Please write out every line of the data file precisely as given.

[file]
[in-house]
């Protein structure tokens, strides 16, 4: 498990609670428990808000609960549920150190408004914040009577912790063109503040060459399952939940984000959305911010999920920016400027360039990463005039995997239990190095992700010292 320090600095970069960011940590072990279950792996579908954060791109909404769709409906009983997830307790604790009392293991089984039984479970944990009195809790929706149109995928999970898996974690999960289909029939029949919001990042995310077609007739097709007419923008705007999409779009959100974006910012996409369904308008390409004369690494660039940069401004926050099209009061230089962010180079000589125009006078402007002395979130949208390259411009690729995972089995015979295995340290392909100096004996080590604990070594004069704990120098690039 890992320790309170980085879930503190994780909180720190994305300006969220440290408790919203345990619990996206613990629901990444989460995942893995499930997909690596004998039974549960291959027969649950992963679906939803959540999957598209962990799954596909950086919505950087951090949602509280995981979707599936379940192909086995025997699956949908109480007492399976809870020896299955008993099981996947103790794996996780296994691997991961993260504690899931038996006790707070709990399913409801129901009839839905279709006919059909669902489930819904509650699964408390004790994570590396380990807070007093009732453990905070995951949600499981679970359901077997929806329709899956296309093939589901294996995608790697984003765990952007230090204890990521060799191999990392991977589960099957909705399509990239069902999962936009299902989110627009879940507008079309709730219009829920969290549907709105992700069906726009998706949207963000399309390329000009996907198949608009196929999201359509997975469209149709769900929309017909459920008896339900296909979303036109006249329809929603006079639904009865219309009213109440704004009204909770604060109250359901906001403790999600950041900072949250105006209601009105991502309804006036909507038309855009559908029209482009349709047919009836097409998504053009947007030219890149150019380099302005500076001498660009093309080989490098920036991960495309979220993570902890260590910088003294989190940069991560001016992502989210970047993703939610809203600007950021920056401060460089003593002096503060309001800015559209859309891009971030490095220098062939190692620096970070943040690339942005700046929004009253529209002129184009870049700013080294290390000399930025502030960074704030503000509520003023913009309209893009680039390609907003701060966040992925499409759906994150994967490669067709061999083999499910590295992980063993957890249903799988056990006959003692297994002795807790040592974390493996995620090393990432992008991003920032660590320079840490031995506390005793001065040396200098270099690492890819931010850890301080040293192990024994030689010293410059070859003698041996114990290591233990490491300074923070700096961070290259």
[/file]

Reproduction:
[in-house]
């Protein structure tokens, strides 16, 4: 498990609670428990808000609960549920150190408004914040009577912790063109503040060459399952939940984000959305911010999920920016400027360039990463005039995997239990190095992700010292 320090600095970069960011940590072990279950792996579908954060791109909404769709409906009983997830307790604790009392293991089984039984479970944990009195809790929706149109995928999970898996974690999960289909029939029949919001990042995310077609007739097709007419923008705007999409779009959100974006910012996409369904308008390409004369690494660039940069401004926050099209009061230089962010180079000589125009006078402007002395979130949208390259411009690729995972089995015979295995340290392909100096004996080590604990070594004069704990120098690039 890992320790309170980085879930503190994780909180720190994305300006969220440290408790919203345990619990996206613990629901990444989460995942893995499930997909690596004998039974549960291959027969649950992963679906939803959540999957598209962990799954596909950086919505950087951090949602509280995981979707599936379940192909086995025997699956949908109480007492399976809870020896299955008993099981996947103790794996996780296994691997991961993260504690899931038996006790707070709990399913409801129901009839839905279709006919059909669902489930819904509650699964408390004790994570590396380990807070007093009732453990905070995951949600499981679970359901077997929806329709899956296309093939589901294996995608790697984003765990952007230090204890990521060799191999990392991977589960099957909705399509990239069902999962936009299902989110627009879940507008079309709730219009829920969290549907709105992700069906726009998706949207963000399309390329000009996907198949608009196929999201359509997975469209149709769900929309017909459920008896339900296909979303036109006249329809929603006079639904009865219309009213109440704004009204909770604060109250359901906001403790999600950041900072949250105006209601009105991502309804006036909507038309855009559908029209482009349709047919009836097409998504053009947007030219890149150019380099302005500076001498660009093309080989490098920036991960495309979220993570902890260590910088003294989190940069991560001016992502989210970047993703939610809203600007950021920056401060460089003593002096503060309001800015559209859309891009971030490095220098062939190692620096970070943040690339942005700046929004009253529209002129184009870049700013080294290390000399930025502030960074704030503000509520003023913009309209893009680039390609907003701060966040992925499409759906994150994967490669067709061999083999499910590295992980063993957890249903799988056990006959003692297994002795807790040592974390493996995620090393990432992008991003920032660590320079840490031995506390005793001065040396200098270099690492890819931010850890301080040293192990024994030689010293410059070859003698041996114990290591233990490491300074923070700096961070290259």